Posted by Paul Malo on September 12, 2002 at 07:28:43:
In Reply to: Re: unpleasant backsides of buildings posted by vandy on September 12, 2002 at 07:01:59:
Don't begin with the presupposition that buildings should be uniform, presenting similar attitudes on all sides. Context often makes change desirable--when, for instance, one side of a site is on a public street, the other on a public park or private garden.
What is essential is an integrating intention. If the building has two aspects, both sould be eloquent, conveying a purposeful attitude. Your critique seems directed at the common failing, supposing that only the more public aspect needs attention. The reason most commonly is cheapness, followed by laziness.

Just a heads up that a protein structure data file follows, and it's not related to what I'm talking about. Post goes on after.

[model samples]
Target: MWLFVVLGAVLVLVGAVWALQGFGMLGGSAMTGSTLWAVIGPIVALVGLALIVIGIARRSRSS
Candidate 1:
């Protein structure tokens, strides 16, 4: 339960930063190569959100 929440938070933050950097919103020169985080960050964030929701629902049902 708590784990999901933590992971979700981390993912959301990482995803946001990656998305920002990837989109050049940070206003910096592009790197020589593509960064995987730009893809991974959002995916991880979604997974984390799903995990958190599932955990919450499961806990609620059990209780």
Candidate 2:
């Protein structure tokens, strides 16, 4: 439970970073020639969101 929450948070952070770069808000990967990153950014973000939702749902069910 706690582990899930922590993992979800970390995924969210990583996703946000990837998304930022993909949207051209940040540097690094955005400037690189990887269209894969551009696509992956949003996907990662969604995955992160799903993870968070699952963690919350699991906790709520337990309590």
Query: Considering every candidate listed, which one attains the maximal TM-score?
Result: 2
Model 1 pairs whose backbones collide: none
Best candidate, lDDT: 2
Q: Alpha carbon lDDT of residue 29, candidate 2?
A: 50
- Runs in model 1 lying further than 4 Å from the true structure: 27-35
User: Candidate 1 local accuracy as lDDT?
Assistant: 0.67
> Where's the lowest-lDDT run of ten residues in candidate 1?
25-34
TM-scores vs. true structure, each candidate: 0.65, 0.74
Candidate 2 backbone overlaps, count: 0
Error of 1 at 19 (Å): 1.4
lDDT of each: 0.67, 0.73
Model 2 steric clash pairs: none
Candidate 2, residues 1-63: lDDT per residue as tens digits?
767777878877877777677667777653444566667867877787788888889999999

Here's another interesting case, however. Richard Meier recently did an elegant public building (a court house, as I recall) out on Long Island. He didn't want his beautiful front fašade marred by a parking lot, so moved it away, requiring users to walk through the weather to the public entry. This may not be "front-back" exactly, but it's likewise symptomatic of the architects tendency to try to hide, or wish away, uncongenial aspects of the project.
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